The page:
Interesting commentary that the crack they caused managed to escape detection through multiple inspections. Those inspections weren't probably the best either. Sure, the maintenance crew shouldn't have CAUSED the crack, but what good is an inspection that misses a crack like this?

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                    • #25
                      Originally posted by Peter Kesternich View Post
                      Well - when it comes to ETOPS it is actually not a matter of capability but of regulations. Theoretically, any twin engined aircraft could fly on one engine, until the fuel on board is exhausted. I believe in the 777-300ER that is much more than 330 minutes
                      As I understand it, an extended ETOPS certificate is given on the basis of proven aircraft performance and operator performance history.

                      I think they mean capability in other design respects, including but not limited to engine reliability. To be rated ETOPS 330, you would have to provide for all emergencies that might require a five hour diversion—redundant systems failures, fire, medical emergency, decompression etc. It would mean you have to have complete capability to control and extinguish fire in flight, and deal with everything from major injuries to cardiac arrest to the degree that a victim can be stabilized to survive an additional five hours. I think that is what is in debate on extending beyond ETOPS 180.

                      I wonder if the push for higher ratings may be an attempt to cut costs by shutting down provisional facilities subsidized by Boeing and others in the industry.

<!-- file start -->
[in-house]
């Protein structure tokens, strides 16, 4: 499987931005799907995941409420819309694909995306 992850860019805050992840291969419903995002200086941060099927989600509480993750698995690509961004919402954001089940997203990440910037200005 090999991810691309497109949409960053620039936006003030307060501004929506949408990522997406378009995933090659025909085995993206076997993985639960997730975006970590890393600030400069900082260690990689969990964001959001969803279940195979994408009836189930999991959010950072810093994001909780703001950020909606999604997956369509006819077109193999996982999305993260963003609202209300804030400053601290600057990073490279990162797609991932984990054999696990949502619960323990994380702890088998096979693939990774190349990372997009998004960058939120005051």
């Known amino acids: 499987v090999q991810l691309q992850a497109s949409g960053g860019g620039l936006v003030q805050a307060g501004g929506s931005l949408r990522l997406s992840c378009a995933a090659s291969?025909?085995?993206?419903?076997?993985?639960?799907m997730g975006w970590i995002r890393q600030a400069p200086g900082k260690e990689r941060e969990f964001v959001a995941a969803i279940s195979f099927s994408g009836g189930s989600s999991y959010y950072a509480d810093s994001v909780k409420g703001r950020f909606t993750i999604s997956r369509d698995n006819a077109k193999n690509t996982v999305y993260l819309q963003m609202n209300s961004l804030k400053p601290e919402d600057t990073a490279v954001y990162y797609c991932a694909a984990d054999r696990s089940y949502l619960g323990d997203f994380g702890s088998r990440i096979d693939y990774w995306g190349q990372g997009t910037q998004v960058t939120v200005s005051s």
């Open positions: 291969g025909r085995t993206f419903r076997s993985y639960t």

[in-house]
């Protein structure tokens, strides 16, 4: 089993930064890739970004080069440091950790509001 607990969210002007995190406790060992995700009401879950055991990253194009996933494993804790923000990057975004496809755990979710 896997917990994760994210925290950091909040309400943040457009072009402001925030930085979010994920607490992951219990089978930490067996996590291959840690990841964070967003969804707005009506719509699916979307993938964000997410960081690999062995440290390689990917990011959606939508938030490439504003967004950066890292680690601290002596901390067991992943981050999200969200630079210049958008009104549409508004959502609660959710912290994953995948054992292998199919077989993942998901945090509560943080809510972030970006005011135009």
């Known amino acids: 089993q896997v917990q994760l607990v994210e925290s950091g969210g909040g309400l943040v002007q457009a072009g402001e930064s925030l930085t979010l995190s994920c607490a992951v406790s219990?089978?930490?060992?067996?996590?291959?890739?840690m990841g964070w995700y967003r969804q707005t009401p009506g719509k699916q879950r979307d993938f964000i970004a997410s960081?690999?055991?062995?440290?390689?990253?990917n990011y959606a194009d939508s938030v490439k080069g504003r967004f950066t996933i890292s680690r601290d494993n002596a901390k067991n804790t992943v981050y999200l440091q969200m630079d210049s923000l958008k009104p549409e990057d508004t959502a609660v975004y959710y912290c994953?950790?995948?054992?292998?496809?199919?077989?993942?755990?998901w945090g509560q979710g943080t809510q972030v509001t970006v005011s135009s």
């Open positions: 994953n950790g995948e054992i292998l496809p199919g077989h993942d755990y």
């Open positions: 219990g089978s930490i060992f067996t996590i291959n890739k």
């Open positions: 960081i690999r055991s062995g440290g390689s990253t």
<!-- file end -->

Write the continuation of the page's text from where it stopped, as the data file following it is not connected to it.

But then, these things have nothing to do with the number of engines.

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                      • #26
                        A little hair-splitting AND I will not claim to be 100% accurate.

                        But, it used to be that 3 engines were required for extended, over-water passenger flight.

                        ETOPS operations require routing changes so that you are closer to emergency landing options.

                        So (and arguably), our rules and regulations consider two engines to have a very slight and ever-so-unacceptable risk that three engines do not.
                        Les règles de l'aviation de base découragent de longues périodes de dur tirer vers le haut.

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                        • #27
                          3WE,

                          The regulations that 3/4 engined aircraft were unlimited has gone. EDTO is replacing ETOPS, and so all aircraft are subject to the same considerations.

                          There is still, of course, consideration of engine failure, where the 3/4 eng will always win... but as has been identified... engines are no longer the limiting feature for extended range flights... hence the regulations require all aircraft to be assessed.

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                          • #28